Thursday, November 19, 2009

Heb 12: 14ff.

12:14. About this passage, there has been a divergence of opinion, just like about every passage.

And just as with other interpretations of texts (or lyrics, or literature, or poetry), sometimes a text catches us, and sometimes we attempt to catch a text and employ it for ourselves. It's fun, especially when "it really fits" some idea we're mulling over.

The divergence of opinion about Hebrews 12:14-29 often comes out when a presupposition, what we want the text to apply to, trumps what the text actually says, making us read the text in precisely the way we want it to apply for us. At the very least, we should be aware that's what we're doing, ourselves, by choice. And in literature and in pop culture, maybe lives don't depend on what we say, maybe they do. But at least most of the time they don't.

In the case of the Bible, with all the trust being put into it, it's a huge weapon in the arsenal of its interpreters. Some people look at it no more than as that, like the power of the phrase "Wizard of Oz, who lives in the Emerald City" in the story.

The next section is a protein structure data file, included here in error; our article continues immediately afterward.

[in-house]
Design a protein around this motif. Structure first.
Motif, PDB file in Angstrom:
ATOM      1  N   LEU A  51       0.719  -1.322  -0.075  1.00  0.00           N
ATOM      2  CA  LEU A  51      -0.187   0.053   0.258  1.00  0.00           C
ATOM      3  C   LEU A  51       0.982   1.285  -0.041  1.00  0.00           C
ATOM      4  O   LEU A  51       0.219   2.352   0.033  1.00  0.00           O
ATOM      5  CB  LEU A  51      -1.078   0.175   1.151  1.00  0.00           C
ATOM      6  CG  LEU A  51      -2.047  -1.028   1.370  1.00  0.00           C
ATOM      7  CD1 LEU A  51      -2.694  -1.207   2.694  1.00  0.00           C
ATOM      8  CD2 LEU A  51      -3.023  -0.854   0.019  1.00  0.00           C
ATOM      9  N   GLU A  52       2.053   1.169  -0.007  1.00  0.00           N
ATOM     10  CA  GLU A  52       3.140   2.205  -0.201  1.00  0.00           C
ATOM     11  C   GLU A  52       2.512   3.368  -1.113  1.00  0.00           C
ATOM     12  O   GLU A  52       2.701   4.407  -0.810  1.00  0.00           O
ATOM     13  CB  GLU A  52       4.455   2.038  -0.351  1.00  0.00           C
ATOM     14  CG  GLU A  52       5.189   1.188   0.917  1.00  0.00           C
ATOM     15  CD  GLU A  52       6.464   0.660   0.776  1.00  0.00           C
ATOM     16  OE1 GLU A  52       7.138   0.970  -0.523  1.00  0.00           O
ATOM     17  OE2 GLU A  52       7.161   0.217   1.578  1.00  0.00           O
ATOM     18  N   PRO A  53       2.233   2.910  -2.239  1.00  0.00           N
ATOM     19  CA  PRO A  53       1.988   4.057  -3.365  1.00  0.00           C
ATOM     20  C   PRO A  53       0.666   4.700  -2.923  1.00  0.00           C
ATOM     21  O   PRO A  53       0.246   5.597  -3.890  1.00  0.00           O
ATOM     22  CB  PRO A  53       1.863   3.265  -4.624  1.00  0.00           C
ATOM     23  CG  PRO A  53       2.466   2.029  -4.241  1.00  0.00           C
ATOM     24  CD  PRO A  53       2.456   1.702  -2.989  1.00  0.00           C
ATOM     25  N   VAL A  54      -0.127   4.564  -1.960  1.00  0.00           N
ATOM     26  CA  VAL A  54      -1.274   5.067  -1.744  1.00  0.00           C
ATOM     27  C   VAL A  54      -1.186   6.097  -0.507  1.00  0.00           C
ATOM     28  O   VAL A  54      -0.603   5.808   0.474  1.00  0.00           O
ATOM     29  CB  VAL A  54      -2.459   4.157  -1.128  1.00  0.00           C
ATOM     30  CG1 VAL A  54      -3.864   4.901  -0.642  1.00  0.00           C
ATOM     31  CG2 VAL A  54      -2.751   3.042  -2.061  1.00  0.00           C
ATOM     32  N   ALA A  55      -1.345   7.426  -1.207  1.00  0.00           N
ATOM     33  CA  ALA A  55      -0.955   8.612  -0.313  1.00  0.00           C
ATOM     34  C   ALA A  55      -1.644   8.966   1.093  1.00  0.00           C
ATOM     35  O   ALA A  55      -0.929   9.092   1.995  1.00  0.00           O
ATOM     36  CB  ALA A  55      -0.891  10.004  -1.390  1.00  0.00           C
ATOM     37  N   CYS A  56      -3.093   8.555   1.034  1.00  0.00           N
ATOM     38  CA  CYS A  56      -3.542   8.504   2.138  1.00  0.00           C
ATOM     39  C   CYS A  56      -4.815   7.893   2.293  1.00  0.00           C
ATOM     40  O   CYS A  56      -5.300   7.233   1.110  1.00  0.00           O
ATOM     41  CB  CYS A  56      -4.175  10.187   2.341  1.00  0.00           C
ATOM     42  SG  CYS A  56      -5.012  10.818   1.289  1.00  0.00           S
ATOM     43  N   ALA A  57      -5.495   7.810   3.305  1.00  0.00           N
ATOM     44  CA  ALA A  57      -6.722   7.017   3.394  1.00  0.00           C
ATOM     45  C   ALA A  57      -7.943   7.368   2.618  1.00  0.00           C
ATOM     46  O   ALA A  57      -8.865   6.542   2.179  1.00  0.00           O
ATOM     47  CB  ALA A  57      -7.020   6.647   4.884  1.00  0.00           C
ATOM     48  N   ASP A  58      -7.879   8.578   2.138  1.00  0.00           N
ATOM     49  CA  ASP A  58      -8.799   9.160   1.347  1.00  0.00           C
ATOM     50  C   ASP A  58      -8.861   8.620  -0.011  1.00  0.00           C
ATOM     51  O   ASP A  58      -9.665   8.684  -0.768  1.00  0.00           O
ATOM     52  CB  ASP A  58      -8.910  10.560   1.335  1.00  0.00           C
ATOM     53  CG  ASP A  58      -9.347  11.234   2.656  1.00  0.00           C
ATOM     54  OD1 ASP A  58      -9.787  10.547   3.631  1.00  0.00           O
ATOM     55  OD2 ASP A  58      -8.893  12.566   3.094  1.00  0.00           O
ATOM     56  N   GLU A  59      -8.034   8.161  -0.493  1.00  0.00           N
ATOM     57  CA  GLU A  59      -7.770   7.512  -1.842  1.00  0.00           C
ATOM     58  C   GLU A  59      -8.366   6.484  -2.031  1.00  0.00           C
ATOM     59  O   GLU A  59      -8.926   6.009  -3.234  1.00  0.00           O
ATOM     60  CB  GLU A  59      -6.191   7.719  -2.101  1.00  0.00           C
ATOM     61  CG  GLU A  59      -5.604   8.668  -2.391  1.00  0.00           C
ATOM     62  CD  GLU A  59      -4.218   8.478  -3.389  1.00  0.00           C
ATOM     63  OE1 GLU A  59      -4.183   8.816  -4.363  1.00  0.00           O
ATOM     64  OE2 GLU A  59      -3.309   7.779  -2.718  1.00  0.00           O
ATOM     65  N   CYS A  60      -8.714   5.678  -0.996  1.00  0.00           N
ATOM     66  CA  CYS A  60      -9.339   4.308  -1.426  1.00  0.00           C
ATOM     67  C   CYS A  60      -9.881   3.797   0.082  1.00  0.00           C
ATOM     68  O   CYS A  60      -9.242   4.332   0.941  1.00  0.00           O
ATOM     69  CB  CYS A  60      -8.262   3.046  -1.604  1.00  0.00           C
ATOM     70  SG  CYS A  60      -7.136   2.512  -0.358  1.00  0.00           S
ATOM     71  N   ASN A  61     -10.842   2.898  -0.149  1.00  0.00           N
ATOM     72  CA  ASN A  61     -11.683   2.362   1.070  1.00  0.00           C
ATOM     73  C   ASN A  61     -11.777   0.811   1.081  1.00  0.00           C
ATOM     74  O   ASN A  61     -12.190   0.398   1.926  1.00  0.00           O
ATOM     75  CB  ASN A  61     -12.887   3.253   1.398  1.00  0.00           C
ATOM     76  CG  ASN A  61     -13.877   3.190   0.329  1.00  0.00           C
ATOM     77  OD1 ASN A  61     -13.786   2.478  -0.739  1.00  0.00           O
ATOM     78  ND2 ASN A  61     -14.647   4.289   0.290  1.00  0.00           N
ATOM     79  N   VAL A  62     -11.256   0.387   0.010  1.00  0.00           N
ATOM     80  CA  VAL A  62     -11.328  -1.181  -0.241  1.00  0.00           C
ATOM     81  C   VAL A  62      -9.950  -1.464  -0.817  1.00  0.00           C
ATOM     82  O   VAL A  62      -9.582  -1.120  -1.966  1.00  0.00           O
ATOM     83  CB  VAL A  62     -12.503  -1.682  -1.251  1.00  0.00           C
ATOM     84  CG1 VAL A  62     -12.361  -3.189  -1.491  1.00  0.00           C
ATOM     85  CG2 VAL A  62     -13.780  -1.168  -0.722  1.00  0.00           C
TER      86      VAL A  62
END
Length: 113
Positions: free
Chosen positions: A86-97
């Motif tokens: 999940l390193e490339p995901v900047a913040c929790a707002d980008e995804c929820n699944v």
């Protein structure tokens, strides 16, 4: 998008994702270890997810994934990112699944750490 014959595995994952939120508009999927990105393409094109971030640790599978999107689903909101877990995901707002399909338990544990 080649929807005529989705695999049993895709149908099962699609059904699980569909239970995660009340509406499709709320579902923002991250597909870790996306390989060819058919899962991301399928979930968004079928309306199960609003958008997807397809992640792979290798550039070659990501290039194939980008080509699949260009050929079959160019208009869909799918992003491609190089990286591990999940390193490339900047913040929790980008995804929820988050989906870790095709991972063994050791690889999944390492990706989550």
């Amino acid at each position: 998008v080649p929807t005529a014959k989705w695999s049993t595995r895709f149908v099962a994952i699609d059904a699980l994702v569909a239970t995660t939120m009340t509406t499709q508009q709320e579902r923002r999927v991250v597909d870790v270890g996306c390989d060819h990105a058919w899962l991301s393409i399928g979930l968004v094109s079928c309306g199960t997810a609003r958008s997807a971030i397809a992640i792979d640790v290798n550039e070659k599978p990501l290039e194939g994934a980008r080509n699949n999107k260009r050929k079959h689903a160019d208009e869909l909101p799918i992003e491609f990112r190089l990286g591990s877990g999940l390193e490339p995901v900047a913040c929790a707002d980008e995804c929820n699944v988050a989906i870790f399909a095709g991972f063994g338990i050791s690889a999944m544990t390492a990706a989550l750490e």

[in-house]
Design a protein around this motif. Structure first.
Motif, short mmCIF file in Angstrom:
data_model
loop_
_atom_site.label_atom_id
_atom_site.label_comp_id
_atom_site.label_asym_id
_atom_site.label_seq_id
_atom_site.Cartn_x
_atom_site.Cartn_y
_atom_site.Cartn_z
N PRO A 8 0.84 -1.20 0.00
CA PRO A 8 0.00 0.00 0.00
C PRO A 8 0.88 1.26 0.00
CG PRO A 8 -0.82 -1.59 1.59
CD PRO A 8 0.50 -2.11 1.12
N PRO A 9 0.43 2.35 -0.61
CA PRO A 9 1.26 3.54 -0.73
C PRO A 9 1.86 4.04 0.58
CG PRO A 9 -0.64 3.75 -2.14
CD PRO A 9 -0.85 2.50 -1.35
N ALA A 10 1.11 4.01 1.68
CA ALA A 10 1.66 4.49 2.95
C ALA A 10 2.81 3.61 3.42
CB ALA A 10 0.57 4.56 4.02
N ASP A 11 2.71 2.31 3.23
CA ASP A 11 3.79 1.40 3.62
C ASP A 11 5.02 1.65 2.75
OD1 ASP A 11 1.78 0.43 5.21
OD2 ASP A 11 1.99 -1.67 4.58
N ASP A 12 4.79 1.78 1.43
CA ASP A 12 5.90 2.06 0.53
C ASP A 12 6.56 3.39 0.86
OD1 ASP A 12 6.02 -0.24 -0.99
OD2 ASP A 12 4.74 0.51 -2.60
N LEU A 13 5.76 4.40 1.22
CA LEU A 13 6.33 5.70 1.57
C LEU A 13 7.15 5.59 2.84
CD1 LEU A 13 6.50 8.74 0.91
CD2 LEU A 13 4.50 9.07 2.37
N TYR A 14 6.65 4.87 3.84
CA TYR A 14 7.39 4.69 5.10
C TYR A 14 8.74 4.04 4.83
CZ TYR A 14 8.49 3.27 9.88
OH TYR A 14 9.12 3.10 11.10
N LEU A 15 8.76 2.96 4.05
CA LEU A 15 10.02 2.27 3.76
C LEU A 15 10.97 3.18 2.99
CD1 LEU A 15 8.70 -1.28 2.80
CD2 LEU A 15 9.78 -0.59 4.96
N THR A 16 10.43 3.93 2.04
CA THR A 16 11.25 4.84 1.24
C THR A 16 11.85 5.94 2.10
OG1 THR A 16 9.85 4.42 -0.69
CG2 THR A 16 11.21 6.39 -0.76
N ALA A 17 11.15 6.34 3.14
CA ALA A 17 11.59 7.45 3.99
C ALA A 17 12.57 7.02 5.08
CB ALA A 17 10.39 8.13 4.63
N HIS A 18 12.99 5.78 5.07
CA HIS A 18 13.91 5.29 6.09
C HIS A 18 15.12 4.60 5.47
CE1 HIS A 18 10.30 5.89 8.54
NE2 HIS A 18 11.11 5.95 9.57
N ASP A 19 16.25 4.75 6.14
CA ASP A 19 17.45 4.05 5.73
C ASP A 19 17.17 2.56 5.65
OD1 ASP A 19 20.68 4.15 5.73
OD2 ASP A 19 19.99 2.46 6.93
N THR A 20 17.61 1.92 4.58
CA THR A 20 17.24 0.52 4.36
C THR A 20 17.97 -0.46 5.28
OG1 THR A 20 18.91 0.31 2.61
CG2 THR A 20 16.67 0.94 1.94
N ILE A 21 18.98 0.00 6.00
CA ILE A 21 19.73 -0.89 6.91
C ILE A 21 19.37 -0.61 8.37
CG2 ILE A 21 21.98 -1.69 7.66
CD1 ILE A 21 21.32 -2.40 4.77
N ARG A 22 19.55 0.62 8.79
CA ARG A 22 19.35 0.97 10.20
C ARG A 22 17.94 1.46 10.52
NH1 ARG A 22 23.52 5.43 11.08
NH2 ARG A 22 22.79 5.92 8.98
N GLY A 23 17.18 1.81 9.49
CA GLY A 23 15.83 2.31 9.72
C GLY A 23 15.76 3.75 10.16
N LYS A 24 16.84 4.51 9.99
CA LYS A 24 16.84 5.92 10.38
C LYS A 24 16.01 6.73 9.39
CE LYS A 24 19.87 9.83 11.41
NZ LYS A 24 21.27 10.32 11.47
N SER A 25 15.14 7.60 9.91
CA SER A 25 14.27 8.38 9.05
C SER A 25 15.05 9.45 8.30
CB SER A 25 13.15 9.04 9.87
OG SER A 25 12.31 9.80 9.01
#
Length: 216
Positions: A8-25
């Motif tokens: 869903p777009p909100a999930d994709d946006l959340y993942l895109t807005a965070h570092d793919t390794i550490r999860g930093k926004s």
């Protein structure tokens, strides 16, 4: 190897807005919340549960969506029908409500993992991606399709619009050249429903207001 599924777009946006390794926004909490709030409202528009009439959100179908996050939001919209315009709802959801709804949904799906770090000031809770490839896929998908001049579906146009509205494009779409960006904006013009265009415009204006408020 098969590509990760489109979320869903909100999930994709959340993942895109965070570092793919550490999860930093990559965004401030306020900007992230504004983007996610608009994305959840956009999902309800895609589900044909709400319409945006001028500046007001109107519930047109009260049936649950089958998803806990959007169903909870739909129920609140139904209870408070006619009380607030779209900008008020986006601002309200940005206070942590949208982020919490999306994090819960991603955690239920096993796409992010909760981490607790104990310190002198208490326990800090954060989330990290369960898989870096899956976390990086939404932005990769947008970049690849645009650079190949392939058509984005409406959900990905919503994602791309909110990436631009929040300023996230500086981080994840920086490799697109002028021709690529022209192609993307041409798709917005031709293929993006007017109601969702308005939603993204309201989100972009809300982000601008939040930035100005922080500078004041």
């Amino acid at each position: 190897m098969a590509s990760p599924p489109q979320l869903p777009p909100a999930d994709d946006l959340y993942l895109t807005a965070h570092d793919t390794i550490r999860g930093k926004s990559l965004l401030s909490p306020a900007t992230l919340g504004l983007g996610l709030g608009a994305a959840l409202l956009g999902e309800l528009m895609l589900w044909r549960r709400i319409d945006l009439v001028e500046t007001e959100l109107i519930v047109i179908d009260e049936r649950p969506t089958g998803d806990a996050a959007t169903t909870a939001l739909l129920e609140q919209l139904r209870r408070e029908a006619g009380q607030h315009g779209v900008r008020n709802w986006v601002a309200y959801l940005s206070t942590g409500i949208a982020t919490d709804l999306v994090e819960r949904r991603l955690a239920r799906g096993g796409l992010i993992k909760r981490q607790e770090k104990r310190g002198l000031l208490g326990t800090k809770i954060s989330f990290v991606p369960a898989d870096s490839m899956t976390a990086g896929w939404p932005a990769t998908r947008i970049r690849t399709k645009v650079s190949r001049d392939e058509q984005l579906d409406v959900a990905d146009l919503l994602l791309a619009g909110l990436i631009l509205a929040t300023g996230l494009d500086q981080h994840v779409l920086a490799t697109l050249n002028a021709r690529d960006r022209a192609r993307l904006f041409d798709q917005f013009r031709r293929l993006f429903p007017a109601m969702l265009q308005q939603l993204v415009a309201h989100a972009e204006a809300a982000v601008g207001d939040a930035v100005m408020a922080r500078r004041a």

In the Bible's case, the claim is greater. It claims to be a huge weapon. In this case, take 12:14 as an example. How a person handles among those who care about it is important. One needs to do things do hold one's aim steady.

So, when we read, "Pursue ... the sanctification without which no one will see the Lord," what is an example of missing the mark?

How about a couple examples! 1. To read it as "Without pursuing sanctification, no one will see the Lord" -- that's not what it says!

2. To read it as "pursue ... the sanctification without which you will not see the Lord" is also missing the mark!

In this case, we have not only missed the mark, but tried to use a banana as a gun. This tries to make something a gun which is supposed to be food!

Christ is already, our sanctification (1 Cor 1:30). It's not that we are without Him. The food is there!

On to the pursuit!

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